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2nd Battalion, 6th Marine Regiment
2nd Battalion, 6th Marine Regiment insignia
Active August 14, 1917 – present
Country United States
Allegiance United States of America
Branch United States Marine Corps
Type Infantry battalion
Role Locate, close with and destroy the enemy by fire and maneuver
Part of 6th Marine Regiment
2nd Marine Division
Garrison/HQ Marine Corps Base Camp Lejeune
Nickname(s) "The Ready Battalion", "Spartans"
Motto(s) "Never to Quit"

World War I

World War II

Multinational Force in Lebanon War on Terror

LtCol Marcus J. Mainz

2nd Battalion, 6th Marines (2/6) is an infantry battalion in the United States Marine Corps based out of Camp Lejeune, North Carolina. Also known as "The Ready Battalion" or "2/6 Spartans", it consists of approximately 800 Marines and Sailors and falls under the command of the 6th Marine Regiment and the 2nd Marine Division.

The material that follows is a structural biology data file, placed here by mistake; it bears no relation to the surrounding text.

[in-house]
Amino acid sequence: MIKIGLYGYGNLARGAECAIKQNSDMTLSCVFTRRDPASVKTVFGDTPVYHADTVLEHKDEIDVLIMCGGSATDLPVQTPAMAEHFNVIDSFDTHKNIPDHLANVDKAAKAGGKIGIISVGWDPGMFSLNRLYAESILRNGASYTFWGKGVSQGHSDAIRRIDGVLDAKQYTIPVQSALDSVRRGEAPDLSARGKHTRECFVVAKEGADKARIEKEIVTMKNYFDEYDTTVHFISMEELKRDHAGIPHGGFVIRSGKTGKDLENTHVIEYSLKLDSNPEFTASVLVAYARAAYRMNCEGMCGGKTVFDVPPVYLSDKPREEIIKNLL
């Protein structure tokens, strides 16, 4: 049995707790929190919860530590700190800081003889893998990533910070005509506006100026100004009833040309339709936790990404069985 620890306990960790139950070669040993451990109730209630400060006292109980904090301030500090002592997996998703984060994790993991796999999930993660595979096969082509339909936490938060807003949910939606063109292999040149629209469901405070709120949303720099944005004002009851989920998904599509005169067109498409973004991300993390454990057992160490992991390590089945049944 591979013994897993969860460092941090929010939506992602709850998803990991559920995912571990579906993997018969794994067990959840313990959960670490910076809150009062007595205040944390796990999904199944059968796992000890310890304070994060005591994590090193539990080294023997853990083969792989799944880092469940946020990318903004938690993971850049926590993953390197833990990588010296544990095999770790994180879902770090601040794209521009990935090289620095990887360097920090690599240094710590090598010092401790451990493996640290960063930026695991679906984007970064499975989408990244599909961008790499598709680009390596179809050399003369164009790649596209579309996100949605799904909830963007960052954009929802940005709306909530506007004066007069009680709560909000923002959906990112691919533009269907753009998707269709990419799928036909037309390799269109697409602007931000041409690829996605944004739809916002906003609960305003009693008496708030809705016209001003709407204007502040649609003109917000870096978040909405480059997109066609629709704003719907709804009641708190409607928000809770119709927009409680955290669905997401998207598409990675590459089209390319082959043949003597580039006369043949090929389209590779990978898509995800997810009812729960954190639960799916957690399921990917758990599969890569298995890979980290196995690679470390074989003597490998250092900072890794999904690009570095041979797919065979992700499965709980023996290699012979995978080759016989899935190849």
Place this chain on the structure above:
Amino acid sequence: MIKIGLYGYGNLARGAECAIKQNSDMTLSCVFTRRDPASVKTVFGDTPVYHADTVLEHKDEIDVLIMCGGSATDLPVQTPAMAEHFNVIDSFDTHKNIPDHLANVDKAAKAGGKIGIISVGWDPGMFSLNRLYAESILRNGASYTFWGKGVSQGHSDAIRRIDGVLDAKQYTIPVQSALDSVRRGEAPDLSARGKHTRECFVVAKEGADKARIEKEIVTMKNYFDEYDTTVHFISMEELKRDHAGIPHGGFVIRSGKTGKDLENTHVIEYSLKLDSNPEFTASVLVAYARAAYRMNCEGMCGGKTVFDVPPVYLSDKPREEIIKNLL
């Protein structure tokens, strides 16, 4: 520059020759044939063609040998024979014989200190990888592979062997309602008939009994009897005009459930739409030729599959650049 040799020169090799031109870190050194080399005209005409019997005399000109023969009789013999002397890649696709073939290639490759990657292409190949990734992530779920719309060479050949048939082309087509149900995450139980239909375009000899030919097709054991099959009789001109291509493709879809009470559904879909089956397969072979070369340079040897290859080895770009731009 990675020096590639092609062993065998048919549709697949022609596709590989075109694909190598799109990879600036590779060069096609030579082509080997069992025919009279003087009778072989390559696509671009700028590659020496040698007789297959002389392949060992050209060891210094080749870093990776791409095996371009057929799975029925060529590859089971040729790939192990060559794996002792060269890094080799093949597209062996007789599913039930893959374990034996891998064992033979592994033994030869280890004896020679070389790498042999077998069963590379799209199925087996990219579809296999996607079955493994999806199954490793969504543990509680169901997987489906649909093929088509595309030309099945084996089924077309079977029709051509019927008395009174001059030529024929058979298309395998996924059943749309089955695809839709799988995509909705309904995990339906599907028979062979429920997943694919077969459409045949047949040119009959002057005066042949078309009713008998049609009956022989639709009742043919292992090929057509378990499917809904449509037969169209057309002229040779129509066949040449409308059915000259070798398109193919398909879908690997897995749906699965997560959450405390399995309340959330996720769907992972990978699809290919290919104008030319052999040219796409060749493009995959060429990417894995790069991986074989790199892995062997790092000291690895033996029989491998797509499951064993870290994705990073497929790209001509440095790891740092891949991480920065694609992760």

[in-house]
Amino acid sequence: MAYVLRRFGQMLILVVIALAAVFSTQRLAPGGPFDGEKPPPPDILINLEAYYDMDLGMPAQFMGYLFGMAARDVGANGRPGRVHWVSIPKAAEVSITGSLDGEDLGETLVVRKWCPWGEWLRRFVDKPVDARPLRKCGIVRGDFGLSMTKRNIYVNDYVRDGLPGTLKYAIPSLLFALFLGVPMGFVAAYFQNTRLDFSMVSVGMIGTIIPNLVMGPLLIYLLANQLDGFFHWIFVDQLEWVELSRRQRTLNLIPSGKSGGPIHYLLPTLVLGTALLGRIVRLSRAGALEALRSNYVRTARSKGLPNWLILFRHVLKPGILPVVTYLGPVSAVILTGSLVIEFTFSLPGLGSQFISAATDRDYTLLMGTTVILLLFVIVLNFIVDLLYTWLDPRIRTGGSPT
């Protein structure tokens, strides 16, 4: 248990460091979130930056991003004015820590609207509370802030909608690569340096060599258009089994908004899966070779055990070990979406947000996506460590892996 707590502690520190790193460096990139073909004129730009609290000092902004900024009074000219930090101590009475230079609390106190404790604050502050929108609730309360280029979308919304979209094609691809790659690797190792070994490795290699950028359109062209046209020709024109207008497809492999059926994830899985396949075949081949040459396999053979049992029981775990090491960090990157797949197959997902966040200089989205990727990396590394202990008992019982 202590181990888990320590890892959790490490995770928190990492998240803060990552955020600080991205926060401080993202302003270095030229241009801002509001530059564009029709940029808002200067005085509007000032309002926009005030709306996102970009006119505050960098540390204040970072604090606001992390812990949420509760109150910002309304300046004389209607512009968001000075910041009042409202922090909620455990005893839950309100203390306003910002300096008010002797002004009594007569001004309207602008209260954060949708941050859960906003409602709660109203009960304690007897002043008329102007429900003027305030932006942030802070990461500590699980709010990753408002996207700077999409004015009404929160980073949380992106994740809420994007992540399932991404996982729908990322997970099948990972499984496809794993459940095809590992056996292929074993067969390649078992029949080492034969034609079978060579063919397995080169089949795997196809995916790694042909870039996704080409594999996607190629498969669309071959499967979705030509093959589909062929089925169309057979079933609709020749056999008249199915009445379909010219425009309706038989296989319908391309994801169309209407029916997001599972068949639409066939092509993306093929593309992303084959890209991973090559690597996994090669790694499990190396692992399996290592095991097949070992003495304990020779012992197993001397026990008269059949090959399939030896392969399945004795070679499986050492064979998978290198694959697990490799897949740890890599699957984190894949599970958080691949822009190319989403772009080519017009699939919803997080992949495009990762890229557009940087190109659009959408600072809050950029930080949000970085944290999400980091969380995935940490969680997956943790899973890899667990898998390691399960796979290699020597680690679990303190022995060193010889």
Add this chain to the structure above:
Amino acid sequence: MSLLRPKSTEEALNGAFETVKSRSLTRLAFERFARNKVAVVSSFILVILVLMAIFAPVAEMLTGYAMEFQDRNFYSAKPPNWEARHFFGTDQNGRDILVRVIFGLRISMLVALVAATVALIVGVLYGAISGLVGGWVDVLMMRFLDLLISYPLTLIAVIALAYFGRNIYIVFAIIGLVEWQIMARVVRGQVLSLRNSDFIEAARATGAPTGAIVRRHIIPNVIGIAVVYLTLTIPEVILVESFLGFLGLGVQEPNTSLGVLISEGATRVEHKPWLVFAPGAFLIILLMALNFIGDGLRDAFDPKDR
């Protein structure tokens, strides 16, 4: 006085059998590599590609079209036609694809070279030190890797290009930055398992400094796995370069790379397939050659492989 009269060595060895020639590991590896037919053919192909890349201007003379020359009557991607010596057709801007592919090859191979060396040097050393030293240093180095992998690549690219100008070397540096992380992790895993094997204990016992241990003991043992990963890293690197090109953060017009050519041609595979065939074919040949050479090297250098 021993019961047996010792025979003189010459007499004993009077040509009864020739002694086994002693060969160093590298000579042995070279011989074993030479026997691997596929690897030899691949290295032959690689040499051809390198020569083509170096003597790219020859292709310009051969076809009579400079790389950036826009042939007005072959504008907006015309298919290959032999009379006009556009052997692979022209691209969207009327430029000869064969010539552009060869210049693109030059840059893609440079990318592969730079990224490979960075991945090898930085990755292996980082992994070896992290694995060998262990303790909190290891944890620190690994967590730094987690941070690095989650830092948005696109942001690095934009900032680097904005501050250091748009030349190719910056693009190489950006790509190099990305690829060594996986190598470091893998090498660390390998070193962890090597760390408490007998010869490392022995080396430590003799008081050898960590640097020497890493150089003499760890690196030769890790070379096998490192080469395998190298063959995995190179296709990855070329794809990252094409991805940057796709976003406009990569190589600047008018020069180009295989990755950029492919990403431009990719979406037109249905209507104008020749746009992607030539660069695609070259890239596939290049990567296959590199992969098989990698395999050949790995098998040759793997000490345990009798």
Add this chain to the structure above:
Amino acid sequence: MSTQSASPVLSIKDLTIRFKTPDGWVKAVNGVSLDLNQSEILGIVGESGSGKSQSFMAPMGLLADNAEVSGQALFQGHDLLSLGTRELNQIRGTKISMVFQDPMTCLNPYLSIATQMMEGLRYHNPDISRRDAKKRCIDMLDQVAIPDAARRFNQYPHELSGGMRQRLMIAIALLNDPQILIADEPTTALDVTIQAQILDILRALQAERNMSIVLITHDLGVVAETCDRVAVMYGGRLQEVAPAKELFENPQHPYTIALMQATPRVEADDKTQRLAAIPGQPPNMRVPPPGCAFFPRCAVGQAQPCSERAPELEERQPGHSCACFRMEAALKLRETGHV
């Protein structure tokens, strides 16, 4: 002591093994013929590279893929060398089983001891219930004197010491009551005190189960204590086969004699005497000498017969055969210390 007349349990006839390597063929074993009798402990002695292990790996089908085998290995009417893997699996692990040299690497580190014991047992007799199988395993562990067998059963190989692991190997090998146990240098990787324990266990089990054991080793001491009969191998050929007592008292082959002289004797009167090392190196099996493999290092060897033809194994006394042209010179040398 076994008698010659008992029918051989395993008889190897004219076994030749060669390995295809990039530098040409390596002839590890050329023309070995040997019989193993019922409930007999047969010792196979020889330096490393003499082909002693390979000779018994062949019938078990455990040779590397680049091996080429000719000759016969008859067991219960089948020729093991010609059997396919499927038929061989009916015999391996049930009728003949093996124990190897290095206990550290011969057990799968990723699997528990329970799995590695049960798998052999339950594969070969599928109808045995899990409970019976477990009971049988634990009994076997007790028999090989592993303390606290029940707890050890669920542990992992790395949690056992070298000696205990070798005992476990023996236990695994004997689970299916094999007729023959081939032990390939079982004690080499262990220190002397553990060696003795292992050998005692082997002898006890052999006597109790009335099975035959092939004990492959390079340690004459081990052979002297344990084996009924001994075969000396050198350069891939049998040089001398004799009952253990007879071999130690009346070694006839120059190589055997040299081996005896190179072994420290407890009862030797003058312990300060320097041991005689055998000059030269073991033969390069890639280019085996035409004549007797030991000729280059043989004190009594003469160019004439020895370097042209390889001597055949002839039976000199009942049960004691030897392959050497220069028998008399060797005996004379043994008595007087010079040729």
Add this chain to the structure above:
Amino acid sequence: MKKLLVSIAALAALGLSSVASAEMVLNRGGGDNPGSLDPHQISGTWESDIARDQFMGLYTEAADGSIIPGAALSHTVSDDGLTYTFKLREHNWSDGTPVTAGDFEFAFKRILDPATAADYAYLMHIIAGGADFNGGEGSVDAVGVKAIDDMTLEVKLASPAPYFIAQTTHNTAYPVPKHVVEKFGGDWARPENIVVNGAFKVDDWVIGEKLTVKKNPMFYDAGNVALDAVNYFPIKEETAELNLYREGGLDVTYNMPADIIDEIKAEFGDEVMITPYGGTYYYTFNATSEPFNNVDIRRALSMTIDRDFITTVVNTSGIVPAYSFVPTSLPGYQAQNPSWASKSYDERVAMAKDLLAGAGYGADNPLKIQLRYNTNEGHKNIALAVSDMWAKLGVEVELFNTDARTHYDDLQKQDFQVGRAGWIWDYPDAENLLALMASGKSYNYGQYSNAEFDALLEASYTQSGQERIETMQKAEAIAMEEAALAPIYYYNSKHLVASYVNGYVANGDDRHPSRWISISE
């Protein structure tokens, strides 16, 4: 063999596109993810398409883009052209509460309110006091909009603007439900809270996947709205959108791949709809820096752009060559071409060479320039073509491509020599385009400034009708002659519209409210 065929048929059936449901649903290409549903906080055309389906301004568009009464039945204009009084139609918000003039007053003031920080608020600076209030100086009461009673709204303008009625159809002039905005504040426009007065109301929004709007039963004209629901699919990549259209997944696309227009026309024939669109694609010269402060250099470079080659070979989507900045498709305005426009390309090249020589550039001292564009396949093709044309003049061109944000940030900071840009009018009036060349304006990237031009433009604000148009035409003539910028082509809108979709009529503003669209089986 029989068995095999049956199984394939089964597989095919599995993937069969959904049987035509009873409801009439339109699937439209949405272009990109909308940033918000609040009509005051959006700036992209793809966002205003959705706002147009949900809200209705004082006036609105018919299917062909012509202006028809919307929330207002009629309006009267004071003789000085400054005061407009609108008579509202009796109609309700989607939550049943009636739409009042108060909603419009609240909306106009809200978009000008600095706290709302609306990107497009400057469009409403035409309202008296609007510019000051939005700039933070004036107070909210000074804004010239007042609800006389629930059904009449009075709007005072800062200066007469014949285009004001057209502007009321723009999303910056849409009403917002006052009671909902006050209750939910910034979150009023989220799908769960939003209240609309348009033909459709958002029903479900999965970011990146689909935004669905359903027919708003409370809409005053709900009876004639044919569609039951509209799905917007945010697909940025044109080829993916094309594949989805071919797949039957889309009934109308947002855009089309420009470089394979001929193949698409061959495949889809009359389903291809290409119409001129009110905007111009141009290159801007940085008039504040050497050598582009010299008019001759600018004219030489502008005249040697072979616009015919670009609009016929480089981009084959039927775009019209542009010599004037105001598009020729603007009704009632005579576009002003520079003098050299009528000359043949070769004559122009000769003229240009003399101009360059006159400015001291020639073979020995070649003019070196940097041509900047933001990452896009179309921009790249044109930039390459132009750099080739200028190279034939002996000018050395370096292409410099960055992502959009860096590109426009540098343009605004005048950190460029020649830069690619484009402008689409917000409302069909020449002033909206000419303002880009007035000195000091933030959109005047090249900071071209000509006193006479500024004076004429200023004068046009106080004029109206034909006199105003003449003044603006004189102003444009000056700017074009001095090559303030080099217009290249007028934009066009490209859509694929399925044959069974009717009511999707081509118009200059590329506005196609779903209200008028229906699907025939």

Subordinate units

  • Headquarters and Services Company (96th)
  • Echo Company (78th)
  • Fox Company (79th)
  • Golf Company (80th)
  • Weapons Company (73rd)


World War I

2nd Battalion, 6th Marines was activated on July 11, 1917, to serve as reinforcements during World War I. On January 19, 1918, the battalion went to League Island, Philadelphia in order to head out to France as part of the 4th Brigade, American Expeditionary Force. The battalion fought at the Battle of Belleau Wood for which they were awarded the Croix de Guerre with Palm from the French government. Beginning October 3, 1918, the 6th Regiment led the offensive to take Blanc Mont Ridge, pushing the Germans out of the Champagne Region of France. In November 1918, 2/6 also took part in the Meuse-Argonne Offensive which was the last major offensive of the war. The battalion returned to Marine Corps Base Quantico on June 19, 1919. They were deactivated shortly thereafter on August 20, 1919.